A reader shared her recipe for butterscotch pie with me. She says it’s much easier to make than mine. I’ll share it with all of you as well. Thanks, Patricia!

Butterscotch Pie

1 cup dark brown sugar
1/4 cup cornstarch
1/2 teaspoon salt
1 cup cold water
1 1/3 cup milk
1/3 cup butter
3 egg yolks, beaten
1 1/2 teaspoon vanilla
1 pie crust, baked

Mix brown sugar, cornstarch and salt in saucepan; stir in water, milk and butter. Cook slowly, stirring constantly, until mixture thickens. Boil one minute. Stir 1/2 of mixture into egg yolks, then blend into remaining mixture with vanilla. Pour into baked pie crust. Chill. When cold, top with whipped cream topping.

Runaway horse and buggy yank the Eicher family into a rousing new year

We spent New Year’s Day at sister Emma and husband Jacob’s house. We are four sisters in this area, and every year we all get together for a gift exchange.

Emma had a haystack brunch. A haystack brunch includes biscuits, bacon, ham, sausage, smokies, potatoes, scrambled eggs, tomatoes, onions, green peppers, hot peppers, salsa, cheese sauce and sausage gravy. The biscuits, meat and vegetables are diced. You pile whatever you want on your plate, so it’s just a little bit of everything. It always tastes good—but your “haystack” can get too big before you know it! The table was set for 26.

After breakfast dishes were washed, the girls and I had prepared a big plastic ball with gifts inserted in it, like we had for our Christmas. It was exciting to open the plastic wrap when our turn came. With 25 people around three eight-foot folding tables, it was fun and loud and lively as the ball was unwrapped. There were a few trick gifts in there that were just for laughs.

Then we exchanged our gifts. Daughter Loretta had my name. It was interesting to see who had who. I had my husband Joe’s name, but I think he suspected that I did. It’s hard to hide something from him! I gave him a zero-gravity chair, which I had had wrapped for awhile. He kept asking whose gift that was, and he wondered why I never told him whose name I had! Everyone had nice gifts to take home, and little Abigail was spoiled with extra gifts from everyone. She enjoyed tearing the wrapping paper off her gifts even though she doesn’t understand what a gift exchange is. Son Kevin had her name.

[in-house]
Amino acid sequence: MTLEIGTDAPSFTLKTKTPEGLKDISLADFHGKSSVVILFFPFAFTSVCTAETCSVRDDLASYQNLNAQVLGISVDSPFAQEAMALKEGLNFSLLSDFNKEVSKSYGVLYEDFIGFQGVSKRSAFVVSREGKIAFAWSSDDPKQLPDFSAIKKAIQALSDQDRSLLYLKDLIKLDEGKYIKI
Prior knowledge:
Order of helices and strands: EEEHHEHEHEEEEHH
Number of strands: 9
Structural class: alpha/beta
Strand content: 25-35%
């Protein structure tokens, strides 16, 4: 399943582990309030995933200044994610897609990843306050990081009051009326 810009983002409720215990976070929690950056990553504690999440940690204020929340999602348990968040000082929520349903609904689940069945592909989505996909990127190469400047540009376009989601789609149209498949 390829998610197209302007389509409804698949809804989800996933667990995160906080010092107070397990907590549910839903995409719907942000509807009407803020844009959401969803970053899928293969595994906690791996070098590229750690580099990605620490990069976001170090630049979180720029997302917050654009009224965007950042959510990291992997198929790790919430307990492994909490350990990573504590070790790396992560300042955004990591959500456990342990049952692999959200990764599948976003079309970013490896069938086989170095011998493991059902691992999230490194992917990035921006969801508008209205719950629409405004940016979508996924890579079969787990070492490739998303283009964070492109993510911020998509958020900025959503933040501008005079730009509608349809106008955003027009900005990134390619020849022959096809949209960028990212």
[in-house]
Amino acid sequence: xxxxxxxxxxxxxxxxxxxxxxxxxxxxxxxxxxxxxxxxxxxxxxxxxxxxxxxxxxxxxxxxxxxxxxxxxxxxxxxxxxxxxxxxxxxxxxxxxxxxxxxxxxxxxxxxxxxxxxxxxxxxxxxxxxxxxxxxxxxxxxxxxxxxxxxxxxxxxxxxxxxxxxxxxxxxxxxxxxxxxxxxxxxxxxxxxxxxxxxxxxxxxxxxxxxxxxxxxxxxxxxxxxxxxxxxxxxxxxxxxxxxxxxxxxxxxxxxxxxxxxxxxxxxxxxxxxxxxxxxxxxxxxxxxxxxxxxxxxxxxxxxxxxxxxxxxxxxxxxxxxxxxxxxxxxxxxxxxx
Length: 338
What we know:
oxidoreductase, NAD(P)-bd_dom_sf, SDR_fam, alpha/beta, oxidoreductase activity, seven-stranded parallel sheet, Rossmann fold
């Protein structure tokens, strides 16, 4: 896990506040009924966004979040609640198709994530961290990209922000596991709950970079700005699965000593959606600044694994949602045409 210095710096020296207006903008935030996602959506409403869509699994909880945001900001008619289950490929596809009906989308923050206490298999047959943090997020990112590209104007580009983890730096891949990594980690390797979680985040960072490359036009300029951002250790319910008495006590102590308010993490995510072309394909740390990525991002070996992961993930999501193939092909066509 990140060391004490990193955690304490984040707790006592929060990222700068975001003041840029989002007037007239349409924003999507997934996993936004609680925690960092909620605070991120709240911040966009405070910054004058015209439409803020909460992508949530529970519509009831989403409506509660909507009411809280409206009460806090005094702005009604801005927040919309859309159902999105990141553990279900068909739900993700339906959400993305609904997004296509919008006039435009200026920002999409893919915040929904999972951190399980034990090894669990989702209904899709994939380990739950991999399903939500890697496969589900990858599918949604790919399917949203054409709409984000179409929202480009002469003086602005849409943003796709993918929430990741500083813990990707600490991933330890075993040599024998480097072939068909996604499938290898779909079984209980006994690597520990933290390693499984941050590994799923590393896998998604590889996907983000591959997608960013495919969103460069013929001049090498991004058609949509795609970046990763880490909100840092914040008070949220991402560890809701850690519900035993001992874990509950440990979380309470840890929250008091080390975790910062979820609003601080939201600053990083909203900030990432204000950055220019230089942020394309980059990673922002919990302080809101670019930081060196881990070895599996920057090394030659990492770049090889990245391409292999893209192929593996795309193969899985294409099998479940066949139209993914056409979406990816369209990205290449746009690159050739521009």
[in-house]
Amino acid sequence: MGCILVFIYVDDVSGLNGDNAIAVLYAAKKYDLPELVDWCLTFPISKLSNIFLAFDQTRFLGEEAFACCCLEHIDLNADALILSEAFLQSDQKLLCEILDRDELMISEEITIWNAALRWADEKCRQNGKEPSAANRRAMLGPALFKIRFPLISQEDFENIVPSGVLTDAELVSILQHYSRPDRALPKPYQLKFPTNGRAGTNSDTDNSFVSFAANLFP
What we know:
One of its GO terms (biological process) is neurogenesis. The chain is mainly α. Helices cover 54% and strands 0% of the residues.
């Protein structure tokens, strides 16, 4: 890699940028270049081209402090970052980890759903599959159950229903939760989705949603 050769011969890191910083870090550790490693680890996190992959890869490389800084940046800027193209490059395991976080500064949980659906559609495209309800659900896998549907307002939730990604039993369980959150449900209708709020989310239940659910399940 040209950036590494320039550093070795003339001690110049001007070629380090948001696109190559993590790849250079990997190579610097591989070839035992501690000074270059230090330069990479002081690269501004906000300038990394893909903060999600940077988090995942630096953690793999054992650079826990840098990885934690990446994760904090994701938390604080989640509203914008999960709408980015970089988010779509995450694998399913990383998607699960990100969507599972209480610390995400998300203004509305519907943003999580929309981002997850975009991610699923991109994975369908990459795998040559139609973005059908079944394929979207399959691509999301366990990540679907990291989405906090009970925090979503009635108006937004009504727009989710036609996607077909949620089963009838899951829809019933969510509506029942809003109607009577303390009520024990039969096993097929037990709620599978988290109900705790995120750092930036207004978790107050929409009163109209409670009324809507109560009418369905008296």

Lots of snacks were set out in the afternoon. With everyone bringing something, it added up. There were venison snack sticks, shrimp and sauce, bean dip, meat roll-ups, veggies and dip, oranges, grapefruits, clementines, cheeseball and crackers and much more. Needless to say, this was everyone’s supper as well.

Son-in-law Timothy and Mose decided to go hunting together in the evening, taking Timothy’s buggy and horse. Daughter Elizabeth and Abigail went home with daughter Susan and their horse and buggy. The girls decided to stop at a little store, and they tied up the horse, Rex, extra well because he was a little rowdy. Well, the horse somehow got himself loose. The rope was torn or bitten through. He must have backed the buggy up with no problem, and would you believe that horse actually came the three miles to our place!

One of the Eicher buggies, which is their main transportation unless going a longer distance.

A lady in a truck stopped to let the boys know that no one was in the buggy. Rex turned into our driveway, and son Benjamin ran out in front of him, waving his arms to get the horse to stop. We were all shaken up, not knowing where the girls and Abigail were. Henry and the boys and Verena decided to go to the store my daughters said they were going to stop at. When they got there, Susan had just walked out of the store and discovered the horse and buggy were gone. The rest of us were all shaken up until we knew all was well. God was watching over all of us!